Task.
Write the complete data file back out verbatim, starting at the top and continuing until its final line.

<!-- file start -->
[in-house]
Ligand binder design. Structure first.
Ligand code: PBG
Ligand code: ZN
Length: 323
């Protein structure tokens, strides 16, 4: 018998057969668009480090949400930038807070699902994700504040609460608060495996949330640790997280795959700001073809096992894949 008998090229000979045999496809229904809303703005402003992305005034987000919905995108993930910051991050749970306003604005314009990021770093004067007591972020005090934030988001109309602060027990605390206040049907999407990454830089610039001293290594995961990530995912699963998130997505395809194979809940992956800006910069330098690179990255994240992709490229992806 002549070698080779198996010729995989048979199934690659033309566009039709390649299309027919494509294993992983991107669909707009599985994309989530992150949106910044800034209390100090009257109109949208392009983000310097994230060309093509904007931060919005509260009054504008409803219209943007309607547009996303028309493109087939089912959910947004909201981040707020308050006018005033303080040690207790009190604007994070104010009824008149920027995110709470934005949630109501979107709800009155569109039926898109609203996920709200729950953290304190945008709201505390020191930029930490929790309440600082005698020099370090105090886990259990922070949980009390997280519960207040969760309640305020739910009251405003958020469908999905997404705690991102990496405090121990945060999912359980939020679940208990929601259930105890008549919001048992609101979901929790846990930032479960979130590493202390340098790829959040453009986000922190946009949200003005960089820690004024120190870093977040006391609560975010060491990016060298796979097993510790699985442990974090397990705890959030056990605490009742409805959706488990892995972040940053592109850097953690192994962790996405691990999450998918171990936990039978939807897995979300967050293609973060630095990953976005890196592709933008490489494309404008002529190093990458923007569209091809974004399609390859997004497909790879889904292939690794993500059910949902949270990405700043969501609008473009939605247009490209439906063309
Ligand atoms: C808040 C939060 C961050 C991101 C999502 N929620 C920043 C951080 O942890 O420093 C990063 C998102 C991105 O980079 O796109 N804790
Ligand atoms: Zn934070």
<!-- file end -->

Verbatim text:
[in-house]
Ligand binder design. Structure first.
Ligand code: PBG
Ligand code: ZN
Length: 323
């Protein structure tokens, strides 16, 4: 018998057969668009480090949400930038807070699902994700504040609460608060495996949330640790997280795959700001073809096992894949 008998090229000979045999496809229904809303703005402003992305005034987000919905995108993930910051991050749970306003604005314009990021770093004067007591972020005090934030988001109309602060027990605390206040049907999407990454830089610039001293290594995961990530995912699963998130997505395809194979809940992956800006910069330098690179990255994240992709490229992806 002549070698080779198996010729995989048979199934690659033309566009039709390649299309027919494509294993992983991107669909707009599985994309989530992150949106910044800034209390100090009257109109949208392009983000310097994230060309093509904007931060919005509260009054504008409803219209943007309607547009996303028309493109087939089912959910947004909201981040707020308050006018005033303080040690207790009190604007994070104010009824008149920027995110709470934005949630109501979107709800009155569109039926898109609203996920709200729950953290304190945008709201505390020191930029930490929790309440600082005698020099370090105090886990259990922070949980009390997280519960207040969760309640305020739910009251405003958020469908999905997404705690991102990496405090121990945060999912359980939020679940208990929601259930105890008549919001048992609101979901929790846990930032479960979130590493202390340098790829959040453009986000922190946009949200003005960089820690004024120190870093977040006391609560975010060491990016060298796979097993510790699985442990974090397990705890959030056990605490009742409805959706488990892995972040940053592109850097953690192994962790996405691990999450998918171990936990039978939807897995979300967050293609973060630095990953976005890196592709933008490489494309404008002529190093990458923007569209091809974004399609390859997004497909790879889904292939690794993500059910949902949270990405700043969501609008473009939605247009490209439906063309
Ligand atoms: C808040 C939060 C961050 C991101 C999502 N929620 C920043 C951080 O942890 O420093 C990063 C998102 C991105 O980079 O796109 N804790
Ligand atoms: Zn934070």